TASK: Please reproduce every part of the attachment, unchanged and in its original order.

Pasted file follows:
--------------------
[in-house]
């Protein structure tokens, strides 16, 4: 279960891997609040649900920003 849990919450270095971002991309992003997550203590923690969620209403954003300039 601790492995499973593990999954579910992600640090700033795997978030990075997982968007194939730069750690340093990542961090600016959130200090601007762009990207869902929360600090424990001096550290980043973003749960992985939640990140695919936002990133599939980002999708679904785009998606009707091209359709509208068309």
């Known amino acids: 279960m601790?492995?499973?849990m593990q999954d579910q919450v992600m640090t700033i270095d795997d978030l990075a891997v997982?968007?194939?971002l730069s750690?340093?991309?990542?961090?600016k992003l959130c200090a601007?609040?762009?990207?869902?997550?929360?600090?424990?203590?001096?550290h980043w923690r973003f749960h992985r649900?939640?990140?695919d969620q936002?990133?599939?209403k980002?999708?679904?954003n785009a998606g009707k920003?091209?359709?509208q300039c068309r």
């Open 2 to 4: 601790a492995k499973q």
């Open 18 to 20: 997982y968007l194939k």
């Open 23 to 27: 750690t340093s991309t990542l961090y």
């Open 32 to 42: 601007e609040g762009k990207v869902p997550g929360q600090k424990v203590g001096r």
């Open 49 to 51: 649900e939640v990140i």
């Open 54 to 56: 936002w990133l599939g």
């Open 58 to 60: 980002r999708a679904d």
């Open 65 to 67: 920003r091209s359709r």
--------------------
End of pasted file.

[in-house]
């Protein structure tokens, strides 16, 4: 279960891997609040649900920003 849990919450270095971002991309992003997550203590923690969620209403954003300039 601790492995499973593990999954579910992600640090700033795997978030990075997982968007194939730069750690340093990542961090600016959130200090601007762009990207869902929360600090424990001096550290980043973003749960992985939640990140695919936002990133599939980002999708679904785009998606009707091209359709509208068309």
């Known amino acids: 279960m601790?492995?499973?849990m593990q999954d579910q919450v992600m640090t700033i270095d795997d978030l990075a891997v997982?968007?194939?971002l730069s750690?340093?991309?990542?961090?600016k992003l959130c200090a601007?609040?762009?990207?869902?997550?929360?600090?424990?203590?001096?550290h980043w923690r973003f749960h992985r649900?939640?990140?695919d969620q936002?990133?599939?209403k980002?999708?679904?954003n785009a998606g009707k920003?091209?359709?509208q300039c068309r």
């Open 2 to 4: 601790a492995k499973q």
């Open 18 to 20: 997982y968007l194939k």
């Open 23 to 27: 750690t340093s991309t990542l961090y």
């Open 32 to 42: 601007e609040g762009k990207v869902p997550g929360q600090k424990v203590g001096r």
């Open 49 to 51: 649900e939640v990140i």
């Open 54 to 56: 936002w990133l599939g």
């Open 58 to 60: 980002r999708a679904d």
């Open 65 to 67: 920003r091209s359709r």